It’s an unarguable classic, with worldwide fame and never being out of print. Even if you’ve never read it you’ll probably have heard of Daphne du Maurier’s Rebecca. Or at least some of her other famous titles which have been made into equally as famous films, these include Jamaica Inn and Birds.
Du Maurier is a favourite author of mine, and has been for many years, and I recently re-read Rebbecca as, I do with all my favourites.
This time it felt different though. It’s been a number of years since I last read it, perhaps even as long ago as late teens or early twenties. The book has always suggested underlying messages and ideas, du Maurier was a very intelligent author after all, but even she couldn’t have foreseen how relevant the tale of Rebecca would be during 2017 and the surrounding years.
The story (without giving any spoilers away, of course) centres around an unnamed female character who meets a wealthy widowed gentleman, high up in society, whilst working as a companion (you’re basically paid to follow a rich woman around and be her friend) in Monte Carlo. Skip to the chase and she marries the man and goes back to his grand home – the famous Manderley. Before she even gets there she begins to be haunted by snippets of her new beau’s ex wife Rebecca. Snippets of conversation, a note in a book, and then she is everrrywhhhere… Ornaments, labels, boathouses, she’s kept especially alive by the old housekeeper: the skeletal Mrs Danvers. Unnamed female character spends four months of her life at Manderly becoming entranced and obsessed with this Rebecca and her untimely death by drowning.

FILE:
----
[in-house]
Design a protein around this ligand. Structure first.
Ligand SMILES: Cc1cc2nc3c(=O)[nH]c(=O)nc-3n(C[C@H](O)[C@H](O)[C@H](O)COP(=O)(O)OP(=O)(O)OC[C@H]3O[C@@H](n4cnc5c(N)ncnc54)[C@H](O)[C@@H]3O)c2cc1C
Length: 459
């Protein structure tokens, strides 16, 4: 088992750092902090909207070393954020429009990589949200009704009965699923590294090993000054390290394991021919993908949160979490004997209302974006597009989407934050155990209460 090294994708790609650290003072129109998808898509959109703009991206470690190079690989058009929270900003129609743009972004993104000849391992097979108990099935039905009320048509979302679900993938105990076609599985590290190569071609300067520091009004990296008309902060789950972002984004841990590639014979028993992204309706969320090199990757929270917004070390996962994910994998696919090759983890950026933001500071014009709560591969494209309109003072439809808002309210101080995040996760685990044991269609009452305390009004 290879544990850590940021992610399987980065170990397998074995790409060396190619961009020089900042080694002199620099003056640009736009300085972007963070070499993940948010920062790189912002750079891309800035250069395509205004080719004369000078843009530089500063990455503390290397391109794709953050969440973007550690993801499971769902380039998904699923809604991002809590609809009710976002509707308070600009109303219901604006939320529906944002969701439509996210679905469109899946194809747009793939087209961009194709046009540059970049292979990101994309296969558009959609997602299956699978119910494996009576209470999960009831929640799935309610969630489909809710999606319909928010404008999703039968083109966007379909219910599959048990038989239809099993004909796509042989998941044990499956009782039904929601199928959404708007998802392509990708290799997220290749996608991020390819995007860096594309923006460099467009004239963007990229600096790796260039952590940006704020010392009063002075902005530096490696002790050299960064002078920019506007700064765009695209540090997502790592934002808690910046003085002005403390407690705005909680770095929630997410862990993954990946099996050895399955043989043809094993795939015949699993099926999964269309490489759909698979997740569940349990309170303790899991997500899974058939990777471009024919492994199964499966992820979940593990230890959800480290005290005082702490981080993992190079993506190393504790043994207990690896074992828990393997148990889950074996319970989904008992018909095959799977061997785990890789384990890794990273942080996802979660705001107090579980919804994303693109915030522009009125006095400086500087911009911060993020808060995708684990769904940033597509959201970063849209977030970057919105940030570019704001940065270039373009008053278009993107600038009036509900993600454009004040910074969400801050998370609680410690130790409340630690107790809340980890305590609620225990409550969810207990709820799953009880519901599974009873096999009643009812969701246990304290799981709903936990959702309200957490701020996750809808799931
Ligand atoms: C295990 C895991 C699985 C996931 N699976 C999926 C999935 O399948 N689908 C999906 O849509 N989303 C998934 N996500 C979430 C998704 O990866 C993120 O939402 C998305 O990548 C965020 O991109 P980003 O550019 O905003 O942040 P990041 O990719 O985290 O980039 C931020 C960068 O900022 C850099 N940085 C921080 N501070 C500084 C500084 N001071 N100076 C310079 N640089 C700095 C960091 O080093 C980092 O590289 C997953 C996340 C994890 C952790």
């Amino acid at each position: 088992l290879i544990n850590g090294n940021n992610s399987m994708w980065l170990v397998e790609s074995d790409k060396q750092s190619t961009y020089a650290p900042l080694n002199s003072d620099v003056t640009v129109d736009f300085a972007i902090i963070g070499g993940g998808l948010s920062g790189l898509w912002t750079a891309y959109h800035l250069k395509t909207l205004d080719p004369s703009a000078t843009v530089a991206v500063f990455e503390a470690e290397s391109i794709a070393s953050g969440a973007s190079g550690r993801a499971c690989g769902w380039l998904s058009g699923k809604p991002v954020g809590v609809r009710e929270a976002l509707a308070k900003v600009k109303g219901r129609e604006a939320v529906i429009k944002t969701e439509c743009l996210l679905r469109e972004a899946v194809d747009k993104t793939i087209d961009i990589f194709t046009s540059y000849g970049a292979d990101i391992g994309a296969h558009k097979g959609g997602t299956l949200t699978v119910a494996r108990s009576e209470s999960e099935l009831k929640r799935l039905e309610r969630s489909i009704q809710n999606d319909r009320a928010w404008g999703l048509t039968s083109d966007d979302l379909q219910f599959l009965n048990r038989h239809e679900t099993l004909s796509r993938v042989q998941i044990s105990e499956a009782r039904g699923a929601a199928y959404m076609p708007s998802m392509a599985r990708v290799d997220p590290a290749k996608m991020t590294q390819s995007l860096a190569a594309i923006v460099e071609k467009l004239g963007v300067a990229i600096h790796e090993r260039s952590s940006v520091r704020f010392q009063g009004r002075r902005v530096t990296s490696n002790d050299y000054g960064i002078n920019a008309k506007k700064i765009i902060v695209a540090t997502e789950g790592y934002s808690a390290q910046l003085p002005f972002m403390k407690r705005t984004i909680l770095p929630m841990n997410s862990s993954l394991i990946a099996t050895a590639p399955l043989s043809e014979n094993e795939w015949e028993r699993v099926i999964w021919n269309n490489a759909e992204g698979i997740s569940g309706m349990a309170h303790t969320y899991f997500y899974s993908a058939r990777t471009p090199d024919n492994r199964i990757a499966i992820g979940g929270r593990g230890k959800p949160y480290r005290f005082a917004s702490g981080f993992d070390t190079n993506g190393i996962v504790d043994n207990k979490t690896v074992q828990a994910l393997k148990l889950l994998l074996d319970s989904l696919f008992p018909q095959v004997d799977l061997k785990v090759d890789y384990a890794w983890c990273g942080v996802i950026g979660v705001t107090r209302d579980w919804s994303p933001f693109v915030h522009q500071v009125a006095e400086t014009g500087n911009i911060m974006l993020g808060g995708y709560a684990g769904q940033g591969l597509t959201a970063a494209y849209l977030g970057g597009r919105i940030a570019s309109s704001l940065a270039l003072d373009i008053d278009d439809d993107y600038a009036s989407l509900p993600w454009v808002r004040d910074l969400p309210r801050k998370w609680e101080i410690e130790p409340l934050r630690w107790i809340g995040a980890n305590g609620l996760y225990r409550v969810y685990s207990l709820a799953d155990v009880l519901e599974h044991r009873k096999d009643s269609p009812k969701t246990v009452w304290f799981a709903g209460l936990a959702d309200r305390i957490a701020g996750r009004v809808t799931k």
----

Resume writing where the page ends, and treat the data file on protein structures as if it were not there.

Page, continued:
She compares herself to her, constantly feels everyone else is comparing them, and unfavourably so too, wondering and imagining what her husband and her late wife’s marriage was like.
Sound familiar? No? Well how about if you compare it to the way people these days get themselves fixated by those little boxes on Instagram, or the 140 characters of Twitter, the brief snapshots curtesy of Snapchat… Suddenly Unnamed female character’s tale can fit directly to the lives of so many young and not so young impressionable people out there today.
We’ve all probably done it to some degree, compared ourselves to what we see of others on social media. Are our clothes as nice? Why does my hair not look like that? Why can’t I be talented like they are? Look at their life, isn’t it great?
But just as Du Maurier’s novel unfolds, and Rebecca’s life and marriage start being opened up to us, showing unnamed female character it wasn’t necessarily as she had first thought, we too shouldn’t be taken in by what we see online.
A person’s Instagram cannot show us what their life is REALLY like, and to become obsessed by what may not be all it seems is unhealthy and can even lead to dire consequences.
Rebecca is more in tune with life than it probably ever has been, hauntingly so.
I implore all to read it and relate to it and maybe even learn from it.
But, of course, more than anything, just enjoy the simply brilliant novel with descriptions unlike any other and characterisations so great you’ll feel like you know them personally…
P.S I love hearing people’s ideas on why the lead character is left unnamed. What are yours?!
I think it’s because she could be anyone, she could be you… You… Or you. Her ambiguity makes her relatable and makes her every single one of us. How did du Maurier get it so right?!
Sent from my iPhone